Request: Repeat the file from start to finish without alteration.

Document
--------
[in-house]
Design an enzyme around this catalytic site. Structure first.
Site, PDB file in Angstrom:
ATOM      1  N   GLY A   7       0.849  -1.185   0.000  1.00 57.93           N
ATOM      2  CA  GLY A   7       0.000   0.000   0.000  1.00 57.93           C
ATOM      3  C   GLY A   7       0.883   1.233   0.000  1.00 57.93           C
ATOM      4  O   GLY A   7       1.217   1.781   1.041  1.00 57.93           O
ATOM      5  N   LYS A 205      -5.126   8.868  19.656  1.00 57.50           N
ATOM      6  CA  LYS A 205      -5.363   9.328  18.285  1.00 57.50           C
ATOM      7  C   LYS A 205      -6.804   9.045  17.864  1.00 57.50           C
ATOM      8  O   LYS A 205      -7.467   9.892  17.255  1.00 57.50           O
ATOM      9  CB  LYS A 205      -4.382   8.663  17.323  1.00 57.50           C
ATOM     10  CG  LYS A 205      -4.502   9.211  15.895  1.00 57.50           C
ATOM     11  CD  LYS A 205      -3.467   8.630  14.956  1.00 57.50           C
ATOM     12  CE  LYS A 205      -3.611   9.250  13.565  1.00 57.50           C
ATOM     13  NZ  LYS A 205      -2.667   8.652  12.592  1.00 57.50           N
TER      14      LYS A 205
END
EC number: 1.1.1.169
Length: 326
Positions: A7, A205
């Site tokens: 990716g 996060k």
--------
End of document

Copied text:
[in-house]
Design an enzyme around this catalytic site. Structure first.
Site, PDB file in Angstrom:
ATOM      1  N   GLY A   7       0.849  -1.185   0.000  1.00 57.93           N
ATOM      2  CA  GLY A   7       0.000   0.000   0.000  1.00 57.93           C
ATOM      3  C   GLY A   7       0.883   1.233   0.000  1.00 57.93           C
ATOM      4  O   GLY A   7       1.217   1.781   1.041  1.00 57.93           O
ATOM      5  N   LYS A 205      -5.126   8.868  19.656  1.00 57.50           N
ATOM      6  CA  LYS A 205      -5.363   9.328  18.285  1.00 57.50           C
ATOM      7  C   LYS A 205      -6.804   9.045  17.864  1.00 57.50           C
ATOM      8  O   LYS A 205      -7.467   9.892  17.255  1.00 57.50           O
ATOM      9  CB  LYS A 205      -4.382   8.663  17.323  1.00 57.50           C
ATOM     10  CG  LYS A 205      -4.502   9.211  15.895  1.00 57.50           C
ATOM     11  CD  LYS A 205      -3.467   8.630  14.956  1.00 57.50           C
ATOM     12  CE  LYS A 205      -3.611   9.250  13.565  1.00 57.50           C
ATOM     13  NZ  LYS A 205      -2.667   8.652  12.592  1.00 57.50           N
TER      14      LYS A 205
END
EC number: 1.1.1.169
Length: 326
Positions: A7, A205
């Site tokens: 990716g 996060k």